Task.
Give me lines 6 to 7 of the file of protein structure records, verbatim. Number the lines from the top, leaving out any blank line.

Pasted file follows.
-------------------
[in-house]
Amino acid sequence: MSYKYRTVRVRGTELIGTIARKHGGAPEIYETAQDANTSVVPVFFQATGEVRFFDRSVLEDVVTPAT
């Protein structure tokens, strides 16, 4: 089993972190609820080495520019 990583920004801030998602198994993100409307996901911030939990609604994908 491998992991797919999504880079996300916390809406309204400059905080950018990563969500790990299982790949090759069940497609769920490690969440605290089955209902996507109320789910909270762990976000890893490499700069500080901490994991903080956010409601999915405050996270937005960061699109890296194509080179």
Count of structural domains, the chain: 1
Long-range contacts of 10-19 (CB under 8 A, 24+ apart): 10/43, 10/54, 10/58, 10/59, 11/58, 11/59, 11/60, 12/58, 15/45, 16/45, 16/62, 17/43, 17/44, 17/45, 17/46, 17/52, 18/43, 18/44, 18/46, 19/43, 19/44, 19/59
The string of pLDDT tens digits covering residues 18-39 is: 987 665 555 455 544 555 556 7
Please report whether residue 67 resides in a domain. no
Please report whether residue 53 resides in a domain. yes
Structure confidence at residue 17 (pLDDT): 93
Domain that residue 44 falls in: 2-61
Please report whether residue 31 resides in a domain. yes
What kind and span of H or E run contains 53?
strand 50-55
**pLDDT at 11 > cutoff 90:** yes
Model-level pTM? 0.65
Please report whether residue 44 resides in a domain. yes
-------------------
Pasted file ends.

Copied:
The string of pLDDT tens digits covering residues 18-39 is: 987 665 555 455 544 555 556 7
Please report whether residue 67 resides in a domain. no